Drones

Drones, Drones Everywhere – by Giselle Donnelly – The Dispatch

Summary

(Photograph by Christian Marquardt/Getty Images.)

Arriving at his villa in the al-Mintqa al-Khadraa, or Green Zone international district along the Tigris River on Sunday, Iraqi Prime Minister Mustafa al-Kadhimi was attacked by a “suicide quadcopter.” This was an improvised explosive device of a different and newly popular kind: a small, commercial-quality drone fitted with a cluster-bomb-like munition.

While most speculation about the thus-far anonymous attack has focused on the lik…….

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(Photograph by Christian Marquardt/Getty Images.)

Arriving at his villa in the al-Mintqa al-Khadraa, or Green Zone international district along the Tigris River on Sunday, Iraqi Prime Minister Mustafa al-Kadhimi was attacked by a “suicide quadcopter.” This was an improvised explosive device of a different and newly popular kind: a small, commercial-quality drone fitted with a cluster-bomb-like munition.

While most speculation about the thus-far anonymous attack has focused on the likely perpetrator—probably one of Iraq’s Iranian-backed militias collectively known as the Hashd al-Shaabi, or Popular Mobilization Forces—and the politics—Hashd candidates were drubbed in recent parliamentary elections, winning just 17 seats in the 329-member legislature—the biggest import of the moment might be military and strategic. The assassination attempt may have been less than a complete technical or tactical success, but it’s a harbinger of things to come, things to worry a lot about.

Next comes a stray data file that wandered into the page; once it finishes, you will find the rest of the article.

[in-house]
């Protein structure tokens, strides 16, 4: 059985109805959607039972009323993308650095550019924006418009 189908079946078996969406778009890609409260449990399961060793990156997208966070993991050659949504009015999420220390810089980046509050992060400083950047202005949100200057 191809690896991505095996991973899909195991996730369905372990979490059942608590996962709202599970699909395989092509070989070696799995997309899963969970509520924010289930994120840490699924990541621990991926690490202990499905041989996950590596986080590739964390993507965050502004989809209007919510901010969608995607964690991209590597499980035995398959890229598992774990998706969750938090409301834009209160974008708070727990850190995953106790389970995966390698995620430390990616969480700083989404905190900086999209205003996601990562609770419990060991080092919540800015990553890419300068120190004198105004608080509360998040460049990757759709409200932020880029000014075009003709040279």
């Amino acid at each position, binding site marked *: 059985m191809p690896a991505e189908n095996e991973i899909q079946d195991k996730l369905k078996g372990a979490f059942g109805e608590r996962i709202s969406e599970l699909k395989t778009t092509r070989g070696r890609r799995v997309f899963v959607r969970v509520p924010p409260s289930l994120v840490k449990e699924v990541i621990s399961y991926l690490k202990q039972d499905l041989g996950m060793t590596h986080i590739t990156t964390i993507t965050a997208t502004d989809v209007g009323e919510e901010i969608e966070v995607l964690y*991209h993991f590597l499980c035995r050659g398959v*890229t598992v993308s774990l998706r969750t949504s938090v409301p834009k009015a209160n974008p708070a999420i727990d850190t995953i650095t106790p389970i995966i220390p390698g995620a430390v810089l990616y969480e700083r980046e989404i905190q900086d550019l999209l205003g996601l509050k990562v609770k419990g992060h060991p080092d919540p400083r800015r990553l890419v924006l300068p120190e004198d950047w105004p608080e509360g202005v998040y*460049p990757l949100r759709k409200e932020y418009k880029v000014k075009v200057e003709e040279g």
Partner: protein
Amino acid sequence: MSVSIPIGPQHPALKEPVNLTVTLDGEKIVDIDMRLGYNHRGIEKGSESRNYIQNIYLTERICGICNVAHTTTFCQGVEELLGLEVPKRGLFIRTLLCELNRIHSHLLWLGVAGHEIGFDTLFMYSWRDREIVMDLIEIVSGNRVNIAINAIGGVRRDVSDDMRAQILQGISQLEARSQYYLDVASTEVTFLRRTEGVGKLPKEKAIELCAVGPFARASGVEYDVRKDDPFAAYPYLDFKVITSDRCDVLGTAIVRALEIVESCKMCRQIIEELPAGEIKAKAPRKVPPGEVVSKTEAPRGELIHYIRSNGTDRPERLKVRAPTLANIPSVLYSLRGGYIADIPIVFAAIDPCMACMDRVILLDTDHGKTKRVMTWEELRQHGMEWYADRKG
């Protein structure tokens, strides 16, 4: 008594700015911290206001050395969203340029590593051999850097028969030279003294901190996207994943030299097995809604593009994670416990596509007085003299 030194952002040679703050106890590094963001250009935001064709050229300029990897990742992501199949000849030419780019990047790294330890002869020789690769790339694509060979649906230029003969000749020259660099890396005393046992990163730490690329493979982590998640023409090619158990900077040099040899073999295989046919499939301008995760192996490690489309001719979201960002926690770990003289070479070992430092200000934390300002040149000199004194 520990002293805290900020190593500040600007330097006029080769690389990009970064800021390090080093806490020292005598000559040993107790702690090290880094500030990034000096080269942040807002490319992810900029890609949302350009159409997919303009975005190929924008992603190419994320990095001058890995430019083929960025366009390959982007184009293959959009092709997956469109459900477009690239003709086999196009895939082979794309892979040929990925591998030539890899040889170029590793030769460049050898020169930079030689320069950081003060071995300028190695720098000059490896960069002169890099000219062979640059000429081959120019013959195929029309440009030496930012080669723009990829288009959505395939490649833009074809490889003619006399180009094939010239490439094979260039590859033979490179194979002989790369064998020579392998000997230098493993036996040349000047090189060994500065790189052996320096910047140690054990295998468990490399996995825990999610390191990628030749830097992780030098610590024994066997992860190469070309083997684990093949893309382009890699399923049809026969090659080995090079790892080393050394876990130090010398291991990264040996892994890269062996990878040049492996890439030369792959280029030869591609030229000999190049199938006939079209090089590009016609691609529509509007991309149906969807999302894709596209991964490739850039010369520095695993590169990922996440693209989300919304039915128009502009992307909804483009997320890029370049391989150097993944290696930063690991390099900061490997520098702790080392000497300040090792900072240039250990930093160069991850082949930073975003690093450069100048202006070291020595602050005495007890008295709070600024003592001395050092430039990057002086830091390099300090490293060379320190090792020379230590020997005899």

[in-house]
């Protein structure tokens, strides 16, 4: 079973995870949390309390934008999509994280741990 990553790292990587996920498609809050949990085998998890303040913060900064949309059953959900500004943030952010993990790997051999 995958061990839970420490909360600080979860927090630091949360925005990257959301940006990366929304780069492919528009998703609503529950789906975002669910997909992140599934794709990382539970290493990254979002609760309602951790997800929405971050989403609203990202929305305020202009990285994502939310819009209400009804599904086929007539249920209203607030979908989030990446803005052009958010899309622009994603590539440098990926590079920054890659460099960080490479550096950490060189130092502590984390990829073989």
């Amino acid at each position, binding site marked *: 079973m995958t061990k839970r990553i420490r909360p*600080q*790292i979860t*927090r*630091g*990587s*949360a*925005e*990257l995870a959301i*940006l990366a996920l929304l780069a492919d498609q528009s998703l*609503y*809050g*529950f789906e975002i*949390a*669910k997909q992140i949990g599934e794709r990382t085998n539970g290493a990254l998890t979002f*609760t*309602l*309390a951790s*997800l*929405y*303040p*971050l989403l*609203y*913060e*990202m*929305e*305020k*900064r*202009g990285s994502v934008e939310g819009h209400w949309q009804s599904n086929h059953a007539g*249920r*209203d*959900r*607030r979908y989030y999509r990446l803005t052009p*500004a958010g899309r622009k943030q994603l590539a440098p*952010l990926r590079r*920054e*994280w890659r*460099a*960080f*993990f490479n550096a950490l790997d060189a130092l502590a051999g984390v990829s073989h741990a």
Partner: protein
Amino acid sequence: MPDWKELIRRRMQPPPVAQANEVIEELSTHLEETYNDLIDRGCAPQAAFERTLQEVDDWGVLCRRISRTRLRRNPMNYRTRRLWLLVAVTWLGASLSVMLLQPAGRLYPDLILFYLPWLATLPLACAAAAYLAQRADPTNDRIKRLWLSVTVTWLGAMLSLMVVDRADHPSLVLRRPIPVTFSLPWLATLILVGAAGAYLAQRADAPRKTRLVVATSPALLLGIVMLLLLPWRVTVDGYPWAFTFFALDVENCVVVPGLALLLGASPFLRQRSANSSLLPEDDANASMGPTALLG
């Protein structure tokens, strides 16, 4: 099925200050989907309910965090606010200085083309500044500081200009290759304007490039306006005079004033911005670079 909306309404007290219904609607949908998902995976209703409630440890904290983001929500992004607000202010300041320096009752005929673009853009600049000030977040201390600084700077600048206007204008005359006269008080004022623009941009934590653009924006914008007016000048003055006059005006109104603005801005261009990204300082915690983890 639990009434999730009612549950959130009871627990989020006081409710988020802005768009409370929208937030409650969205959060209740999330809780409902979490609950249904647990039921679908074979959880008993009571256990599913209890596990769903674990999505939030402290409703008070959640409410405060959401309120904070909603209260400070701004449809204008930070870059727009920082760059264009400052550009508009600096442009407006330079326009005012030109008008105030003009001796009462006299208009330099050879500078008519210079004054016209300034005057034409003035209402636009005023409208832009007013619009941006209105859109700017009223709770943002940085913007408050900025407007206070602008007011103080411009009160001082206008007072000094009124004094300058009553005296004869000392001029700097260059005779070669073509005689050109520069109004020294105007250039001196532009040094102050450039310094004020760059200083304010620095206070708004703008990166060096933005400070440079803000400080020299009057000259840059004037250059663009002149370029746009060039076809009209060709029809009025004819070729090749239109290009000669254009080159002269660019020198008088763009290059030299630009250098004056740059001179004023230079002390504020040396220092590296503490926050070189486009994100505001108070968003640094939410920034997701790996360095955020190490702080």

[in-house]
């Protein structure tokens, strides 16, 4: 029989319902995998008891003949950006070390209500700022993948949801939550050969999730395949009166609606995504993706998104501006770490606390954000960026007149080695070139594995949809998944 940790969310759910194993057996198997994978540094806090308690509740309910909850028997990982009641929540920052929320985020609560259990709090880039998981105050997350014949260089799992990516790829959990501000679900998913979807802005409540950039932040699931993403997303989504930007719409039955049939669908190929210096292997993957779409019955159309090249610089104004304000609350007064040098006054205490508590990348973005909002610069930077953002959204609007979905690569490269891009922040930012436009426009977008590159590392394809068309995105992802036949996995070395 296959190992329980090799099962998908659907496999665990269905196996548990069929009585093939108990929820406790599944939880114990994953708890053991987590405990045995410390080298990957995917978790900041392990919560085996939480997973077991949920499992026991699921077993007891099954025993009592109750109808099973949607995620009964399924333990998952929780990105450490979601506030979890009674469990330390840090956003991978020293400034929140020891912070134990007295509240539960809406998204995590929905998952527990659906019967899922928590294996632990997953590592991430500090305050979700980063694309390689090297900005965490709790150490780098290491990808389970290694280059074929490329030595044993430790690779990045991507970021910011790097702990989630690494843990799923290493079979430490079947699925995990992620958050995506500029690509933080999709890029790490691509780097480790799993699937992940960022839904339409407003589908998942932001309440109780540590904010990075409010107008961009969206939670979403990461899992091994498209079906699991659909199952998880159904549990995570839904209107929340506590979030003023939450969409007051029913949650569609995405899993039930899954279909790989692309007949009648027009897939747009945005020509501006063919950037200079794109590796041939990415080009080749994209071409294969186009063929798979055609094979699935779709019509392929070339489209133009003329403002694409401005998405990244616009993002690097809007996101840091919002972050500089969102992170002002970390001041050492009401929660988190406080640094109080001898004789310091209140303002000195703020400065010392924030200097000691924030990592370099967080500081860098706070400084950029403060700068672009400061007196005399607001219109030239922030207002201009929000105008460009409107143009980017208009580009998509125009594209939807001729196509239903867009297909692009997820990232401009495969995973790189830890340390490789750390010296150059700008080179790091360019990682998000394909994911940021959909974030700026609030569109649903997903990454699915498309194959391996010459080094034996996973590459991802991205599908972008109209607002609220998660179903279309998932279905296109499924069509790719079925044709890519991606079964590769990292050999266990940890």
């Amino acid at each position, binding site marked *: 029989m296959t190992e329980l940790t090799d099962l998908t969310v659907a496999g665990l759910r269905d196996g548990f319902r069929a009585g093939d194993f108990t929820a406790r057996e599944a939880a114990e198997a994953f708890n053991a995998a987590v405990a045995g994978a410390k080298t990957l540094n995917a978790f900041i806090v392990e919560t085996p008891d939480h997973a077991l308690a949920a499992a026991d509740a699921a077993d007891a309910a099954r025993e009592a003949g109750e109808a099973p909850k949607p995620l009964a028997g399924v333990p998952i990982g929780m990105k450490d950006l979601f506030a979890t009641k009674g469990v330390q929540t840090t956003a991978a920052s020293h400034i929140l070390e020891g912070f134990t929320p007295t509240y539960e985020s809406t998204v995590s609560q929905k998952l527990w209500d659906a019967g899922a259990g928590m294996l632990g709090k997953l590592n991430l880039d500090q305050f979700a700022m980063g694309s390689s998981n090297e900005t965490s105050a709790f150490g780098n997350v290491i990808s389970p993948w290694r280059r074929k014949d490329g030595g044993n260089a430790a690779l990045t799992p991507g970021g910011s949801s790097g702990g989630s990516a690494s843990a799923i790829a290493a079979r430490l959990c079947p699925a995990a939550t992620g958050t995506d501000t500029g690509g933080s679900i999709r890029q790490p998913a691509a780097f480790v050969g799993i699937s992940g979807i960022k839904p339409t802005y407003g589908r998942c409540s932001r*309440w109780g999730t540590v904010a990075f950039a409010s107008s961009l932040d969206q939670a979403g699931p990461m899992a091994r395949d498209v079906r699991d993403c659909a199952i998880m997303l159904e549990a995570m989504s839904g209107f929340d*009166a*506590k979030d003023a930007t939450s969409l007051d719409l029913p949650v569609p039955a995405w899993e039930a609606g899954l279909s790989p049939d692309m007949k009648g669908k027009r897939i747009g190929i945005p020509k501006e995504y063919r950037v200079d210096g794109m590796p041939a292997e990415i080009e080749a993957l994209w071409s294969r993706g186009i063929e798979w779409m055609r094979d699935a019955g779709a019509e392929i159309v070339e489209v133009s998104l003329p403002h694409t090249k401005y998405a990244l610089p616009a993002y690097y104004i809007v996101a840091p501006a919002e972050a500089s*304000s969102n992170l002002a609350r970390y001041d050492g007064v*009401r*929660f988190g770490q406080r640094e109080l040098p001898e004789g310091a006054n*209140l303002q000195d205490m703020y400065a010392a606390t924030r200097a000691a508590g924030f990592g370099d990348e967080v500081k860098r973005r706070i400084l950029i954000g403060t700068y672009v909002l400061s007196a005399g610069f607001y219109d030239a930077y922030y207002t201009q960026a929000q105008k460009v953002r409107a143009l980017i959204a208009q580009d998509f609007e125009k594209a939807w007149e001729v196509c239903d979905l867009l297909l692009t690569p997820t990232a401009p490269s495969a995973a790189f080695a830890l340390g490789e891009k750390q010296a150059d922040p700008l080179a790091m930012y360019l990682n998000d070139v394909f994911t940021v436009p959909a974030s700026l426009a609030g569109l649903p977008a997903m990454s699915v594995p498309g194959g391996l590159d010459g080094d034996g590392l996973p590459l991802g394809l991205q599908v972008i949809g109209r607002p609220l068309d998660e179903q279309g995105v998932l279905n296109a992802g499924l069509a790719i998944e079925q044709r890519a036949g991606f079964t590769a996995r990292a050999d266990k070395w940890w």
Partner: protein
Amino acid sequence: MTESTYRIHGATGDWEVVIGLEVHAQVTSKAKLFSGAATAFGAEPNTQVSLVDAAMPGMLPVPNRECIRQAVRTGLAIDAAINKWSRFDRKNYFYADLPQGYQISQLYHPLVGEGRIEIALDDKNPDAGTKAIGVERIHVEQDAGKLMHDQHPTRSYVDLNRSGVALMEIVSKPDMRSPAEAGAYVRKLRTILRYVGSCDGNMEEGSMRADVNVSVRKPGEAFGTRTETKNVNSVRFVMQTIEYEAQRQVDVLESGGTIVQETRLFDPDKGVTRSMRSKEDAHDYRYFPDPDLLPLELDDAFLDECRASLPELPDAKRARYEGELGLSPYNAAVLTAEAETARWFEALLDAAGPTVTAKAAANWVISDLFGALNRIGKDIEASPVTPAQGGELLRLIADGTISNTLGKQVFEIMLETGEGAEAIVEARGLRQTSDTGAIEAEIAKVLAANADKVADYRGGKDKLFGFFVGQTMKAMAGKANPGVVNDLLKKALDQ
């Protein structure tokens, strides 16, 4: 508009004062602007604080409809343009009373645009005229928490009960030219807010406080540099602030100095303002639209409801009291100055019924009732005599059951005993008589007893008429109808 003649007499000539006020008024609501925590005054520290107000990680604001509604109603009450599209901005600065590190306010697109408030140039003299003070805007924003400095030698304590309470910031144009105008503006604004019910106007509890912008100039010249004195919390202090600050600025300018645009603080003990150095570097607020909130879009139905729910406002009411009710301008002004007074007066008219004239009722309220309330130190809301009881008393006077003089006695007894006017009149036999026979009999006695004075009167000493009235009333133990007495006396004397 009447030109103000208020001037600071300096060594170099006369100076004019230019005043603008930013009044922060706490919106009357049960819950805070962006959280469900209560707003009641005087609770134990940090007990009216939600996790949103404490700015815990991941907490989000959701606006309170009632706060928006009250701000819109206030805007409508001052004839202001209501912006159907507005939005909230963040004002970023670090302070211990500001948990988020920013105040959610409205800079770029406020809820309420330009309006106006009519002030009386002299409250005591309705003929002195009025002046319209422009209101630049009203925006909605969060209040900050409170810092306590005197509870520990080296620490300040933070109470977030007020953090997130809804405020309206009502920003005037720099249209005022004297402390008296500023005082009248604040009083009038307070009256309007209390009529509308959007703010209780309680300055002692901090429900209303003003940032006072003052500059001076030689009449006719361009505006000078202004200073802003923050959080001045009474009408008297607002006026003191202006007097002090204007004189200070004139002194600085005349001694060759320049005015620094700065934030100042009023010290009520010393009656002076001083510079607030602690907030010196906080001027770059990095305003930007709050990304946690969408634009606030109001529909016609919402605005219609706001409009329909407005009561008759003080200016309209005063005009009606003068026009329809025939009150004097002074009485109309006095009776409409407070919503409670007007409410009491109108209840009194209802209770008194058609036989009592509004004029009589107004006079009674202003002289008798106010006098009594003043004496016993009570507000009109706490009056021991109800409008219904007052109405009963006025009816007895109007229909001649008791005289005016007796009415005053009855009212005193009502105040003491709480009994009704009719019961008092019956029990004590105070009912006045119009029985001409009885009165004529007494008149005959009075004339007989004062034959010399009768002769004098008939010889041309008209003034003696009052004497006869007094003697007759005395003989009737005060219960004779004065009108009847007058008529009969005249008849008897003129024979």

The details of the attack remain hazy, but the basic facts are clear. It was launched from somewhere near the Republic Bridge, about two miles upriver from the Green Zone as the crow flies. Two or perhaps three drones carrying small IEDs were used; all but one were shot down. David Hambling’s analysis in Forbes is insightful: The Green Zone is heavily defended, not least in regard to drone attacks, benefitting from “some of the U.S. military’s most advanced drone jamming hardware. …The fact that the attack drones apparently avoided jamming suggests they may have been on a pre-programmed flightpath with no direct link between drone and operator to jam.” 

The munitions on the downed drones failed to detonate, but they reveal a certain level of sophisticated fusing: when the bomb is released, it spins a propeller-like apparatus that arms the device, which explodes on impact. This is often loaded into a cuplike holder that is, in essence, “tipped over” to release the munition. The bombs themselves carried what is known as a “shaped charge,” designed to penetrate armor or other protection rather than simply scattering shrapnel. 

Improvised suicide drones have been used sporadically for several decades, employed by irregulars from Colombia to Lebanon to Syria and Iraq; Iranian proxies—Hezbollah, the Houthis in Yemen, and now Iraqi militias—and the Islamic State have been quick to adopt the technology and the tactics. The “quadcopter,” familiar to millions of hobbyists, has four vertically mounted propellers that stabilize the drone’s flight, is far more accurate than the insurgents’ first wave of drone attacks, which often were small flying-wing-style aircraft that dropped recycled mortar rounds as they passed over a target area.

A report compiled in 2018 by the Combatting Terrorism Center at West Point on the Islamic State’s drone program provides a view of low-end drone proliferation. Like ISIS itself, the drone effort was rapidly institutionalized and drew upon worldwide sources, initiated by “two Bangladeshi brothers who leveraged companies in the United Kingdom, Bangladesh and Spain that they establish to move funds, drones, …….

Source: https://thedispatch.com/p/drones-drones-everywhere